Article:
Directed and written by Nancy Meyers
Starring Jack Nicholson, Diane Keaton, Keanu Reeves
Classification: PG
Rating: **

He's a playboy, she's a playwright. He's sixtysomething, and dating beauties less than half his age. She's fiftysomething, and not dating at all. He's Jack Nicholson, who once upon a time was an Easy Rider. She's Diane Keaton, who long ago was Annie Hall. How much time, how long ago, can be roughly measured by the movie's matched set of money shots: an extended peek at Nicholson's naked behind, followed a bit later by a fleeting glimpse of Keaton's naked front. In this battle of the better halves, my admittedly biased judgment is that her front emerges as the clear winner. In fact, pressed to identify the something that gives in Something's Gotta Give, my vote goes to his behind: It sags badly.

All the rest is a romance comedy of the type favoured by writer-director Nancy Meyers, who, from her script for Private Benjamin to her remakes of Father of the Bride, has never met a laugh she couldn't reduce to a formula. Here, the formula is pitched to a demographic not usually served by the amorous genre: aging boomers. If you've just had the prescription upped on your second pair of reading glasses, then this cinematic sight is definitely meant for your sore eyes. And if you've caught the picture's ubiquitous trailer, then don't worry about showing up late, because you've already seen the entire first act.

Just to be safe, here's a quick reminder. A wealthy record mogul, Harry (Nicholson), is squiring about his latest young lovely (Amanda Peet), who invites him for a dirty weekend at her mom's sumptuous beach house in the Hamptons. Apparently unaware that the theatre is dead, mother Erica (Keaton) writes Broadway plays of a type that would have been the envy of the wags at the Algonquin roundtable. Similarly naive, the screenplay makes her rich enough from her anachronistic labours to own that sumptuous beach house in the Hamptons. Fine-looking digs, though, very screen-friendly.

Anyway, when mama pops up unexpectedly, banter ensues. He, defending his hip-hop label: "Some people see rap as poetry." She: "Yeah, like, how many words can you rhyme with bitch?" Before we can make the count, and primed by a hefty dose of Viagra, Harry retreats to the bedroom with the intent of shagging the daughter, but his heart literally breaks from the excitement. Rushed to the hospital, he and his ticker somehow survive the further shock that the attending physician is played by Keanu Reeves, aka Neo, aka the ever-comatose One. Naturally, being a sophisticated thirtysomething, the good doctor Keanu falls for the elder Erica, leaving director Meyers to dabble in her latest bit of pop geometry -- old guy, young gal, old gal, young guy. Hey, it's a love quadrangle. Of course, with the beach house now converted into a convalescent home, sparks -- or at least embers -- begin to fly between the sick playboy and the sensitive playwright. They discover such mutual interests as eyewear, sleep deprivation, milk-fed snacks and, in the shallows of that flinty soil, romance blooms -- and withers and blooms and withers. During one of the growth cycles, the two kiss, prompting perhaps the most attenuated sex scene in screen history. It's the rare coitus that gets interruptus by a thorough blood-pressure check, punctuated by this informative exchange. He: "What about birth control?" She: "Menopause." He: "Who's the lucky guy!" That punchline is vintage Nicholson, delivered complete with leer, and he takes the picture as close to a belly laugh as it gets.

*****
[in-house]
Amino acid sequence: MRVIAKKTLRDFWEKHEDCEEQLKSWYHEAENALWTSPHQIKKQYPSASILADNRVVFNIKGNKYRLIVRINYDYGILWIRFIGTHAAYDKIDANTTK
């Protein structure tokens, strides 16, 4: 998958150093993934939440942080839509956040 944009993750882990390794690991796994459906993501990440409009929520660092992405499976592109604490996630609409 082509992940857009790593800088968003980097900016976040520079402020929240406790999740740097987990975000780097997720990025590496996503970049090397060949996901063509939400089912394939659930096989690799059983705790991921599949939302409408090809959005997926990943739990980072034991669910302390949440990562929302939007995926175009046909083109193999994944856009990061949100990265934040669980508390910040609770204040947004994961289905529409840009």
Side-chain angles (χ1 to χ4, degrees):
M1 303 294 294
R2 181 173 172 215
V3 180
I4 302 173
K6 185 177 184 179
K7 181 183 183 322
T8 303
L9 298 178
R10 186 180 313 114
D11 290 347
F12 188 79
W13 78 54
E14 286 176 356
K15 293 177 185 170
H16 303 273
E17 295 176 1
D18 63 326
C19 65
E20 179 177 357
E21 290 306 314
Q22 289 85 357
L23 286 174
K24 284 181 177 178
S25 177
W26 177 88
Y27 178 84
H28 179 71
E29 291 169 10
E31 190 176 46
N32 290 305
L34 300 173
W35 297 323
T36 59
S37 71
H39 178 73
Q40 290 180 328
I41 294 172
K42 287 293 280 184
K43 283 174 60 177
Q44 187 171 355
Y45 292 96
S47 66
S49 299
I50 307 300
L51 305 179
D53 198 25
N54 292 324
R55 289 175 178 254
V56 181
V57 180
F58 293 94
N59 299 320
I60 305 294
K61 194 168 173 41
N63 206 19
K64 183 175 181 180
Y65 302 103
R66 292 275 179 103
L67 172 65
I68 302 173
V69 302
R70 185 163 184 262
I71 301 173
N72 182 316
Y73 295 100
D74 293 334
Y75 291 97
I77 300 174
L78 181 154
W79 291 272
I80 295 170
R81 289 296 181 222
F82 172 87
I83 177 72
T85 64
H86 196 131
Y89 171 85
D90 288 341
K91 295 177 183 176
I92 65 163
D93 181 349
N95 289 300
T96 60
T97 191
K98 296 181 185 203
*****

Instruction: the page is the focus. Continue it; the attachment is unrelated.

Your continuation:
Too bad there's still almost two acts to go and more than two hours to the finish. In that sense, if nowhere else, the comedy is perfectly geared to the boomer crowd: The thing's paced like a half-marathon ambled at a tepid jog. Lacking enough real complications to sustain the plot, Meyers pads with contrived impediments and fifth-business filler. En route, the great Frances McDormand is wasted in a minuscule cameo. So is the equally great cinematographer, Michael Ballhaus, who seems perversely content to light Keaton more harshly than Nicholson. If the lines in the script were as keenly etched as the ones in her face, Keaton would have had something to work with. Instead, during an especially lovelorn sequence, she's asked to indulge in a crying montage so painfully extended that it has us in tears too -- weeping from embarrassment for her.

Give him a rounded role, as Alexander Payne did in About Schmidt, and Nicholson can still act. But cast him merely as a cog in a comedy factory, and he'll revert to his bad old habits. Here, the generous might argue that he's updating his retired astronaut from Terms of Endearment, a coot in a different barrel but the same pickle. The rest of us will conclude that Jack is just playing Jack, and not very enthusiastically at that. With a few exceptions, his performance is as weak-hearted as his character.

Oh, I forgot to mention that Erica is using her midlife misadventures in amour as fodder for her latest theatrical venture, which opens to rave reviews. Turns out "it's wonderful, it's sweet, it's smart, it's funny." Wow, a play that good would make a terrific movie -- damned mingy of her not to share it with us.

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